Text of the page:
A father and daughter hold a children’s picture book while standing together in front of a green mural decorated with characters.

David says his five-year old daughter was shy before participating in Save the Children’s program, made possible by the Red Nose Day Fund. “Now she’s proactive,” says David. Photo credit: Save the Children

Red Noses Protect Children from Violence in El Salvador

Families in El Salvador participate in Save the Children’s program “Mitigating the Impact of Violence on Young Children.”

In an urban school in the department of San Miguel, 20 children and their caregivers are attentively participating in a Parenting Circle as part of Save the Children’s “Mitigating the Impact of Violence on Young Children” program, funded in 2017 by the Red Nose Day Fund. They sit in a classroom amid drawings of Mickey and Minnie Mouse on the walls and phrases from children's stories. Artwork by the kids and parents decorate the tables.

Today’s family talk is about types of hugs. María, the project facilitator, tells the children about the “infinite hug.” She allows the children to steer the conversation and ask questions. Five-year-old Erica* pipes up, “Are they for dad or for mom?” María answers that they are for the people she loves.

Beside Erica sits her father, David, who carefully combed his daughter’s hair and added two hairpins when they first entered the room. He is hopeful his daughter will defy San Rafael Oriente’s odds of low educational attainment, which disproportionately affect girls. He wants her to study English in the future, go to college and be a professional. “Erica has developed incredible skills,” he says. “She already knows the vowels, colors and the alphabet. She was shy before; now she’s proactive. This program helped me and my wife give her more quality time. We now spend an hour every day playing with her. She pretends she is a lawyer and my wife and I play at being judges.”

A father holds his son in his lap while the family sit on white chairs in front of a bright mural, decorated with story characters.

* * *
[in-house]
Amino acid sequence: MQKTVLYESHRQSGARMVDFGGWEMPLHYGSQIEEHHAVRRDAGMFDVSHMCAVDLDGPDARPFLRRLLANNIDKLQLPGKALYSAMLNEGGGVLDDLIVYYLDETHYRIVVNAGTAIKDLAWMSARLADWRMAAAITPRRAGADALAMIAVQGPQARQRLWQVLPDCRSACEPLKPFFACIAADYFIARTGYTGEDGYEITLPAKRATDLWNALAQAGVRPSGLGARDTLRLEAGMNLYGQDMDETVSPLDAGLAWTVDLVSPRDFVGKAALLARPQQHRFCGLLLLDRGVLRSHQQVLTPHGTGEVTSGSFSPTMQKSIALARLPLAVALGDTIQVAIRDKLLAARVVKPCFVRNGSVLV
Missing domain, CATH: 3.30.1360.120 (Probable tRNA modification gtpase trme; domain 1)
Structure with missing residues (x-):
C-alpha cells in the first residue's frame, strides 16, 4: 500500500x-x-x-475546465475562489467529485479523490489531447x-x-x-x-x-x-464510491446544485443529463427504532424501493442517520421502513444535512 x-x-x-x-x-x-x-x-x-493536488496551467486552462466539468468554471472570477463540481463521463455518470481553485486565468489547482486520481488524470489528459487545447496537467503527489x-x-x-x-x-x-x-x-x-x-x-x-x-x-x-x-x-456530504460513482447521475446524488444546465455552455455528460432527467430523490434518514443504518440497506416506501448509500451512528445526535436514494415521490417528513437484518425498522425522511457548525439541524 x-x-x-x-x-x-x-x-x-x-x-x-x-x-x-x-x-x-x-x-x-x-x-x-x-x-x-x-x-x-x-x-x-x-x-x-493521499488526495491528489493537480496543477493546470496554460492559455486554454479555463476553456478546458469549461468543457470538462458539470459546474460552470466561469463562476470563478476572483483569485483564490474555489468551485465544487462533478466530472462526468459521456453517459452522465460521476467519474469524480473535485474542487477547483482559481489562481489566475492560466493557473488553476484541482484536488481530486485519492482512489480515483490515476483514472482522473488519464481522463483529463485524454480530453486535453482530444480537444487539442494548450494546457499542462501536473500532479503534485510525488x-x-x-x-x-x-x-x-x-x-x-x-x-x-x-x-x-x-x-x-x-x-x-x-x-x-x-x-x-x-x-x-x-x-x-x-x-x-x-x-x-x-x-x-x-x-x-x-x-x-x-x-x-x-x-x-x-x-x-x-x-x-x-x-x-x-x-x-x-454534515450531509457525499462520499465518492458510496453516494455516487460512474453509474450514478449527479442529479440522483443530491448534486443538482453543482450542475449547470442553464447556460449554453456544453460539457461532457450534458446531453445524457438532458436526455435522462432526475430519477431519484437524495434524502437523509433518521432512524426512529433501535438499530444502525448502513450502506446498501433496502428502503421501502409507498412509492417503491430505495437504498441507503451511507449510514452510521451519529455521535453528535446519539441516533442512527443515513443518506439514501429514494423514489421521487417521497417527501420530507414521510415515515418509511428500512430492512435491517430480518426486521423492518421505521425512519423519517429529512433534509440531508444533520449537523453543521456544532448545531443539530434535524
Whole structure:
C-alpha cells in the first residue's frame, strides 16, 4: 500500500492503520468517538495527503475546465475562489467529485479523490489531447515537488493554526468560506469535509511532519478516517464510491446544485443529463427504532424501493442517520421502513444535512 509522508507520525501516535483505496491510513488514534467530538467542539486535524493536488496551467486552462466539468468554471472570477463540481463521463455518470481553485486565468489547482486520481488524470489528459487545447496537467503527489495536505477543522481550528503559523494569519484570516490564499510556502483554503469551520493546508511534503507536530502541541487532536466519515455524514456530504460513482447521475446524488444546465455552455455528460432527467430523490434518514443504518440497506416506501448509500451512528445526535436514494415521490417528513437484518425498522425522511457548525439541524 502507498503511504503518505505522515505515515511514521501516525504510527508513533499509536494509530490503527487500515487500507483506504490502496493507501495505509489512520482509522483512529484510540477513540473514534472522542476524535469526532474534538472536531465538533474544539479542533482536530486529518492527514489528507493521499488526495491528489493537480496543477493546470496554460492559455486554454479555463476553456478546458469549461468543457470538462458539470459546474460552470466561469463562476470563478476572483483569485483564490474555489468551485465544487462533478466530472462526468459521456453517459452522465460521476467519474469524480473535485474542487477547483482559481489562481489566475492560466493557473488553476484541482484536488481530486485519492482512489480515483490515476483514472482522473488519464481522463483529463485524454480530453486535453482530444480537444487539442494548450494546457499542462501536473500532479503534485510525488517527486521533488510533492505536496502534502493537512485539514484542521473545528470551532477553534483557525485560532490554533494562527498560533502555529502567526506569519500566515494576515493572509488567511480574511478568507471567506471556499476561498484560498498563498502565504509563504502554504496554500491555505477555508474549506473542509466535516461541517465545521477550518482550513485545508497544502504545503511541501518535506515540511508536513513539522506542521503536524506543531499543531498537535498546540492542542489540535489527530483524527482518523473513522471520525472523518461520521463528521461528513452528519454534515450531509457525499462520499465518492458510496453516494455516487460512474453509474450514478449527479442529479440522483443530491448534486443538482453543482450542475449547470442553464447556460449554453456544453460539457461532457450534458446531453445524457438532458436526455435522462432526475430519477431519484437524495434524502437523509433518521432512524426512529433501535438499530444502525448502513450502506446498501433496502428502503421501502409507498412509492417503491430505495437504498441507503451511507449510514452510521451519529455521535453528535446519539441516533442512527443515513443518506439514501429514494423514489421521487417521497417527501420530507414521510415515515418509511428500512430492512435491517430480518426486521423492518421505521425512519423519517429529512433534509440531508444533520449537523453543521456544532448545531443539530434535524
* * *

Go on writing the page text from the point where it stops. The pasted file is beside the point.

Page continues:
Don Santiago says Save the Children’s program has helped his family “because there is more love and more communication.” Photo credit: Save the Children

After the group participates in a dance, María’s team introduces the next activities. Parents stay inside for a discussion on resilience, while the children leave to participate in a drawing and painting workshop, except for one, Miguel*, age 2, the youngest child. He is smiling and playful, cradled in his father’s arms and feeding on a bottle. Don Santiago, his father, says, “My son’s character has improved. He now plays with his classmates and gets into fights less often. This program has helped us, along with his mother, because there is more love and more communication; we are very grateful. I now help her (my wife) out more often with Miguel. I want him to be a good man, far from violence,” he concludes.

“We lacked training for early childhood attention,” says the school principal. “This project helped both the children and caregivers grow. It has had a palpable impact on the parents; their involvement has been exceptional and proof of this is that we have many dads who come with their young kids when moms can't,” says Villegas.

Erica, stained with many colors after painting a ladybug and a whale, repeatedly runs back in to where her father is and says, “You have earned an infinite hug, Papa, for coming with me today!” Each time he responds by sweeping her up in his arms.

*Names changed for protection.

Learn more about Save the Children’s work to protect children in El Salvador.

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